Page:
You could almost hear the collective gasp in the echo-chamber of Washington-based Middle East policy circles when President Donald Trump made comments backing away from the “two-state solution,” which has been a centerpiece of peace policy for the last 15 years.
On its face it seems like a dramatic shift and perhaps just another shocking development to come from a White House that has little or no experience in serious foreign policy matters. But in reality, it is neither all that dramatic, nor the product of an ignorant President’s negligence.
Skepticism about the viability of a two-state solution was increasingly and consistently voiced by the last Administration. Then Secretary Kerry declared it had 2 years left at most, just under four years ago. President Obama explained he allowed a recent U.N. Security Council resolution condemning Israeli settlements to pass because of the degree of jeopardy facing the two-state solution. The Obama Administration was merely laying the foundation for getting the public to accept a situation dictated by the reality on the ground. For the next administration – Trump’s – to begin a conversation about alternatives is not a break but rather the logical next step.
Incidentally, this is not merely a Trump gaffe. The White House backed away from the two-state solution in a statement the night before the Trump/Netanyahu press conference and the 2016 GOP platform removed any mention of it. The question is, what does a one-state alternative look like?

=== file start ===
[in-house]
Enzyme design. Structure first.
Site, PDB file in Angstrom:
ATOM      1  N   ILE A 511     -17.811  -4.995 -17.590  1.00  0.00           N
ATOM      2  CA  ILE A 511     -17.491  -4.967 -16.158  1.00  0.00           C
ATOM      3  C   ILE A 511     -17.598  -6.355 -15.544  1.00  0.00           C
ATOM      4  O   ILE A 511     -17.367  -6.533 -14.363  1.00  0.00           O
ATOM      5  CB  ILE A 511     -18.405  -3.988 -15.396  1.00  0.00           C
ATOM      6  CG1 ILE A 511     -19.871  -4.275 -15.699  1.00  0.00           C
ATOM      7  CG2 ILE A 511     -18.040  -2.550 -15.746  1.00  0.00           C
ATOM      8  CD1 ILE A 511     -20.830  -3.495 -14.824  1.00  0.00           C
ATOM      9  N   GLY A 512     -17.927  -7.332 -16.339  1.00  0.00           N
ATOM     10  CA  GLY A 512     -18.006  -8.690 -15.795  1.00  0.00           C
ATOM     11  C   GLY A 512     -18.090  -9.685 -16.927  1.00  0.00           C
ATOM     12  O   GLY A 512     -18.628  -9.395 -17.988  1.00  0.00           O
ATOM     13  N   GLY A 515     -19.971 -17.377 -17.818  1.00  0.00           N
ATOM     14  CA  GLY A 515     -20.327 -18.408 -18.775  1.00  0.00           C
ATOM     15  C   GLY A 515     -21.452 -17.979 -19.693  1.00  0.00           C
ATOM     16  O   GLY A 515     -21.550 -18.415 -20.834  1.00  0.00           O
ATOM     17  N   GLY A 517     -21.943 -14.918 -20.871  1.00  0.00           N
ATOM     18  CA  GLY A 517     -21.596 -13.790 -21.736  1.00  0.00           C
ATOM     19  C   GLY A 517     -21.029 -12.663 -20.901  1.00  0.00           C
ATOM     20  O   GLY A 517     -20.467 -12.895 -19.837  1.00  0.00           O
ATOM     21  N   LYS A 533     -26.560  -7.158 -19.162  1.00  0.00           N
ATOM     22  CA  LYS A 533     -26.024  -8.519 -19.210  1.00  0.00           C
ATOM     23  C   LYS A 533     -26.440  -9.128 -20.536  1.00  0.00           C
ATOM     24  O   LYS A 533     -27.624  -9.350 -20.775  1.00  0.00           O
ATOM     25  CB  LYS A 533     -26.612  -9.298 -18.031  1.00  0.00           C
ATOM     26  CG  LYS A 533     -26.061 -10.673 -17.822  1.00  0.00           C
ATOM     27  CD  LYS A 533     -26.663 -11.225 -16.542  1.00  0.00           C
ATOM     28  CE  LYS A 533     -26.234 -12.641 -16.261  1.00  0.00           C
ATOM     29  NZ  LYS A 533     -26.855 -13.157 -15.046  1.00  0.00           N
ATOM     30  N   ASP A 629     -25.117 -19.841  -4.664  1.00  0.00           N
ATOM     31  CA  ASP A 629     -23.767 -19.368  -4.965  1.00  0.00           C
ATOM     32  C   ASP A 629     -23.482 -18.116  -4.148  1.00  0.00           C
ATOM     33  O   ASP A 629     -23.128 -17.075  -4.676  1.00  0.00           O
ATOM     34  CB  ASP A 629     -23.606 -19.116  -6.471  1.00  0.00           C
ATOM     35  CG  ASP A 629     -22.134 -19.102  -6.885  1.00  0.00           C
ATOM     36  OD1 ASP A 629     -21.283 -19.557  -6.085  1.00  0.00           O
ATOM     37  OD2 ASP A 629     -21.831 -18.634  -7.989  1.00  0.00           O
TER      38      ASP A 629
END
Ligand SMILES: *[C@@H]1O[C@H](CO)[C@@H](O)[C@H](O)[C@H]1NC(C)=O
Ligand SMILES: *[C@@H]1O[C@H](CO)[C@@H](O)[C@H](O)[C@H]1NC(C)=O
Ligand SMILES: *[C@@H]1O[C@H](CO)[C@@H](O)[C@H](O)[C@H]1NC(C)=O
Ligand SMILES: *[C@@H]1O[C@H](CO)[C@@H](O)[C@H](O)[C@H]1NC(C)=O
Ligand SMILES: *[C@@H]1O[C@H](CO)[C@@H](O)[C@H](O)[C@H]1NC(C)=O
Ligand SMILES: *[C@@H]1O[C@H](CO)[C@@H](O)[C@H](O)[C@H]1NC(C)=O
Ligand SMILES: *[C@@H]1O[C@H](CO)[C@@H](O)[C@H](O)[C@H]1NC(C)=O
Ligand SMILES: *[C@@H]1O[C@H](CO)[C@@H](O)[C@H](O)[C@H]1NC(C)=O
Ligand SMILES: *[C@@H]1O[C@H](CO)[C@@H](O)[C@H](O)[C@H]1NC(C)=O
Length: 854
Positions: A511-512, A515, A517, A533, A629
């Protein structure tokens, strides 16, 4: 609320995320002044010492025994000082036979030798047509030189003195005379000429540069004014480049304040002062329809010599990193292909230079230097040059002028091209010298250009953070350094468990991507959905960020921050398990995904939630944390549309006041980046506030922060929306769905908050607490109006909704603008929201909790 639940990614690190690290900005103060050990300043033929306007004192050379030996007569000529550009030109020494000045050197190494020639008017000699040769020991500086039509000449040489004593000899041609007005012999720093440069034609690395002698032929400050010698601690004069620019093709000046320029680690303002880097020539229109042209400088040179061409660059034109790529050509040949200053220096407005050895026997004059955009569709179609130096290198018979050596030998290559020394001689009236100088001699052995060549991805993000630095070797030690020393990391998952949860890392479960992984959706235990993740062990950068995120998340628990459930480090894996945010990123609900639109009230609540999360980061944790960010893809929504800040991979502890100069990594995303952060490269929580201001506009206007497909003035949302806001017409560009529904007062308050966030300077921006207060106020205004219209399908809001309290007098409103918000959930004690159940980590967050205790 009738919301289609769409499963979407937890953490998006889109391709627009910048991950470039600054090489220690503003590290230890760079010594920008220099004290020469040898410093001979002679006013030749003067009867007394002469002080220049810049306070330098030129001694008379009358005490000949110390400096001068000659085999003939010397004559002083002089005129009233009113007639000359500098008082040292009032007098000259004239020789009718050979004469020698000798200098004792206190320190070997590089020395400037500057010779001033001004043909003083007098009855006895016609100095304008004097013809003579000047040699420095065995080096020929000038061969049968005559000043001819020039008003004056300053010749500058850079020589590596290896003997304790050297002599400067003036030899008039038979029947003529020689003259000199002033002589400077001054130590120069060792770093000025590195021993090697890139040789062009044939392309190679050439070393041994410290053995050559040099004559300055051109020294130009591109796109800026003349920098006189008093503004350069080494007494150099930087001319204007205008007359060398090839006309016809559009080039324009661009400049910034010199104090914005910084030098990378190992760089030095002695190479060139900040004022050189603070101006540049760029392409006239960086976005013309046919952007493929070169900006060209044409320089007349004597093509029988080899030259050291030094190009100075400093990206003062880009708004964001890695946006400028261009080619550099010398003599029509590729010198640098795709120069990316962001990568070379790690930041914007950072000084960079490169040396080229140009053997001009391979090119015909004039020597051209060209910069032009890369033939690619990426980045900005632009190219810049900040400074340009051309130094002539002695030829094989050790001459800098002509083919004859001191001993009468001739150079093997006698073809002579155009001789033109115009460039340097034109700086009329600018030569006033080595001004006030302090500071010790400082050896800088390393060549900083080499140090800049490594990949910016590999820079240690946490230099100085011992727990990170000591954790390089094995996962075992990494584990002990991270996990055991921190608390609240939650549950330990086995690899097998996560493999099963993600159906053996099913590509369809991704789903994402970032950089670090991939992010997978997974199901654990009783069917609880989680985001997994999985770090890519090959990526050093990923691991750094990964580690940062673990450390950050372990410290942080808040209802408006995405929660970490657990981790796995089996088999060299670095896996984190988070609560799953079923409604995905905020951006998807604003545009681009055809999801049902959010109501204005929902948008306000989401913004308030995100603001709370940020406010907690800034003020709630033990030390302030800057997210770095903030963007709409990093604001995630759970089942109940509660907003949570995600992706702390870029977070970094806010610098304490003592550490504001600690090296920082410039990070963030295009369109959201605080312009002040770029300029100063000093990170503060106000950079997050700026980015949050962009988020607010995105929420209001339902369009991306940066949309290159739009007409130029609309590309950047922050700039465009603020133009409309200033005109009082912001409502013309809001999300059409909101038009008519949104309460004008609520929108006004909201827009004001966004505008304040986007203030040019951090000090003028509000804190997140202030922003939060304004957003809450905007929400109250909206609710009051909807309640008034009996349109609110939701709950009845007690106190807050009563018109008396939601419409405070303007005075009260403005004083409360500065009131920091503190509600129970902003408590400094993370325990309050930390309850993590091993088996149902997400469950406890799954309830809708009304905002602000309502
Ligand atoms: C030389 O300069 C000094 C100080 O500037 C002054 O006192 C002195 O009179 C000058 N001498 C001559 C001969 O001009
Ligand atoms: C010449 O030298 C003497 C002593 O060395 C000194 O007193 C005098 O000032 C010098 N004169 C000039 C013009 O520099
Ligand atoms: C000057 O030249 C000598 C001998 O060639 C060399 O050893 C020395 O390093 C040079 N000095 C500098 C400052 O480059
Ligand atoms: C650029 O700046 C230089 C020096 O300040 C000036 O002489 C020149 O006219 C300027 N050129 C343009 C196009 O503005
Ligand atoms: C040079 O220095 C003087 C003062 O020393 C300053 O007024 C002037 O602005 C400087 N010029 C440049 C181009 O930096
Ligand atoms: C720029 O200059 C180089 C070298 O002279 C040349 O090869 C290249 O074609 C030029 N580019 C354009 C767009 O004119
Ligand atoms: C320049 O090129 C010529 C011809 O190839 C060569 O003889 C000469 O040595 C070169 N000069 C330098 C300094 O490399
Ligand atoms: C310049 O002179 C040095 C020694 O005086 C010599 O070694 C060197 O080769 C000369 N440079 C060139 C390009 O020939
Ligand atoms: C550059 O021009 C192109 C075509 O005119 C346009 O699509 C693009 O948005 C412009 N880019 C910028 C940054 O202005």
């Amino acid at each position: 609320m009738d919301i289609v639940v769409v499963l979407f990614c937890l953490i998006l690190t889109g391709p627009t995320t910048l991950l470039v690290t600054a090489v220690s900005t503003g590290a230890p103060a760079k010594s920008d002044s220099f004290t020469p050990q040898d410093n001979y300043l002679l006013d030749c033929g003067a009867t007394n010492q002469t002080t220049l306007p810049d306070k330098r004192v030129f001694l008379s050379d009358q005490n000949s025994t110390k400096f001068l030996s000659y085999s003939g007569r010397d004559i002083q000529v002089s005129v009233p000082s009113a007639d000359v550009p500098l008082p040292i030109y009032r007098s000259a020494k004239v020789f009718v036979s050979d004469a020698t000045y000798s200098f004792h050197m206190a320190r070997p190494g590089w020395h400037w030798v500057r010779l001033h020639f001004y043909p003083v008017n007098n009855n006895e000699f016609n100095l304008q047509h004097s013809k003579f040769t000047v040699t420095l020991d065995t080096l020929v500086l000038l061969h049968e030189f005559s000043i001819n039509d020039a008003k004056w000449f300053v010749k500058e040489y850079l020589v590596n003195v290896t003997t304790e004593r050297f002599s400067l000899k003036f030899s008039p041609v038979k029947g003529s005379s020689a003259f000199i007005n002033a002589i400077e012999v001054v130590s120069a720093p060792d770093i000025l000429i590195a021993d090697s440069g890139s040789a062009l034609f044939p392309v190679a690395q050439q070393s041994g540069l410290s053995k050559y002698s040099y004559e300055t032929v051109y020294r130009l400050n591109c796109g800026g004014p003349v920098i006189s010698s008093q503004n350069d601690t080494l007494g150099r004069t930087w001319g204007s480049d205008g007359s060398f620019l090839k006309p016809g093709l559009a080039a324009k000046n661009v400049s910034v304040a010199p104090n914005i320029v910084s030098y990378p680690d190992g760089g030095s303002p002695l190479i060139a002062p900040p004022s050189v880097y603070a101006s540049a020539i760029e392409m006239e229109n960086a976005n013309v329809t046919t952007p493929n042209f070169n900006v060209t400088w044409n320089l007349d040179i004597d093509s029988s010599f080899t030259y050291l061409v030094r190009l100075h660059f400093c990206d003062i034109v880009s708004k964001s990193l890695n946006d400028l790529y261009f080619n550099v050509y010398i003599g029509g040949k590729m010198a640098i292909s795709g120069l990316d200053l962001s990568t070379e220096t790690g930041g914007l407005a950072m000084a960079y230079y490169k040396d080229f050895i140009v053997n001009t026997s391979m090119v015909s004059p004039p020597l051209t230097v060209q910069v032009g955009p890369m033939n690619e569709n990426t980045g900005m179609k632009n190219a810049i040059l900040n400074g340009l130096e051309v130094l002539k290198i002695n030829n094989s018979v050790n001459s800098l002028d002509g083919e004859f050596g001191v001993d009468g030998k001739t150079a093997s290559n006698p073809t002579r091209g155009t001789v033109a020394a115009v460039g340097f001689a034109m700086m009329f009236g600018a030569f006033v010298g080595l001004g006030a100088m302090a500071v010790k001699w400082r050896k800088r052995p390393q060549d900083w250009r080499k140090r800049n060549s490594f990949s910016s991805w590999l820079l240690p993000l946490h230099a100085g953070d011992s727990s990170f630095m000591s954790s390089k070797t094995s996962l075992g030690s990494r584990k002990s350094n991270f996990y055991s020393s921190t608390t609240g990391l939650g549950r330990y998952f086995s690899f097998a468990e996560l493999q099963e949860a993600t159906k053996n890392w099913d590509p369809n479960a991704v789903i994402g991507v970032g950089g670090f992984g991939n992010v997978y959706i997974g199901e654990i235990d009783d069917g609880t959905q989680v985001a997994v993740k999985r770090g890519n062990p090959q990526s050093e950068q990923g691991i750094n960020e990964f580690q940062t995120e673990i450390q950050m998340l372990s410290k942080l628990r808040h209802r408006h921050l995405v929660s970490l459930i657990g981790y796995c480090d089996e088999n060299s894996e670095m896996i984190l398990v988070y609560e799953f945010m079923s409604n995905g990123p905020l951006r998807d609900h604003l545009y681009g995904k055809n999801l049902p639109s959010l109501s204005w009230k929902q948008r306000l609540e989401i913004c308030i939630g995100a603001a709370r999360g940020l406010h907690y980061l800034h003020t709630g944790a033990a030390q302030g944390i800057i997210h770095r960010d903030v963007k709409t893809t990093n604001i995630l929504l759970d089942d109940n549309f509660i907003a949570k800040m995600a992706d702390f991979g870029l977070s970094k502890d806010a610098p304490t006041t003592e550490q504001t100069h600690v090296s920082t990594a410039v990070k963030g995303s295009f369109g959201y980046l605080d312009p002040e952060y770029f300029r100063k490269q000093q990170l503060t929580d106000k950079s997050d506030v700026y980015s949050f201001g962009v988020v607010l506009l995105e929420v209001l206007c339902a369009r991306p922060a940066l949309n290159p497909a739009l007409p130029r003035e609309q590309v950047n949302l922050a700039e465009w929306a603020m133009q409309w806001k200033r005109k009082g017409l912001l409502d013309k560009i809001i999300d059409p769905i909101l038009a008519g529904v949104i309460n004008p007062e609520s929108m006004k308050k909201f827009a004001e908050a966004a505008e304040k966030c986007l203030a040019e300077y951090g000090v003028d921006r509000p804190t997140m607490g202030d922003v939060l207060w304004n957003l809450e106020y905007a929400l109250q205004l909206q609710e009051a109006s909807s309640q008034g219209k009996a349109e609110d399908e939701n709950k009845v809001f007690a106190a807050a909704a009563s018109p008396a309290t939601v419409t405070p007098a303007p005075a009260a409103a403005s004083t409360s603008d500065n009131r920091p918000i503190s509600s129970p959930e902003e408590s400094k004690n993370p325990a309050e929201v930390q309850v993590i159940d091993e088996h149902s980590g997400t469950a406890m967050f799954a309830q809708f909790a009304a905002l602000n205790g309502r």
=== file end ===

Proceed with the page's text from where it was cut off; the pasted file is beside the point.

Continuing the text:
Well, as far as the Israeli government and Benjamin Netanyahu are concerned, they want to retain all the land. In his comments with Trump, Netanyahu said the Israelis were not occupiers in Judea, a biblical term for part of the occupied West Bank. He stated plainly that in any agreement Israel would ”retain the overriding security control over the entire area west of the Jordan River.” In other words, no Palestinian state. Israel would only accept one state between the river and the sea. What rights Palestinians would have are not clear and, to Netanyahu, unimportant.
Such ideas have been swirling in Israel for about as long as it has occupied the West Bank and Gaza. Some Israelis want to annex large parts of the West Bank and dump the unannexed Palestinians off to Jordan, which they consider a Palestinian state. Some wish to annex all of it and give Palestinians limited rights but not citizenship. Others still speak of annexing all the West Bank and giving Palestinians Israeli citizenship, believing they could still retain a Jewish majority. This of course does not include Gaza, whose two million Palestinians they would seek to dump off to Egypt or keep trapped in their current open air prison.
But what do the Palestinians think of this? What if the Jordanians, the Egyptians and the Palestinians don’t agree? The Israelis conjuring up such apartheid nightmares never stopped to think about the consent of Palestinians and Arabs. Since the Palestinians will never willfully agree to further dispossession, there are few options remaining; forced displacement, continuing the the status quo ad infinitum, or equal rights for all. The first two options should be unacceptable to all in the 21st century. This leaves but one option left; equality for all.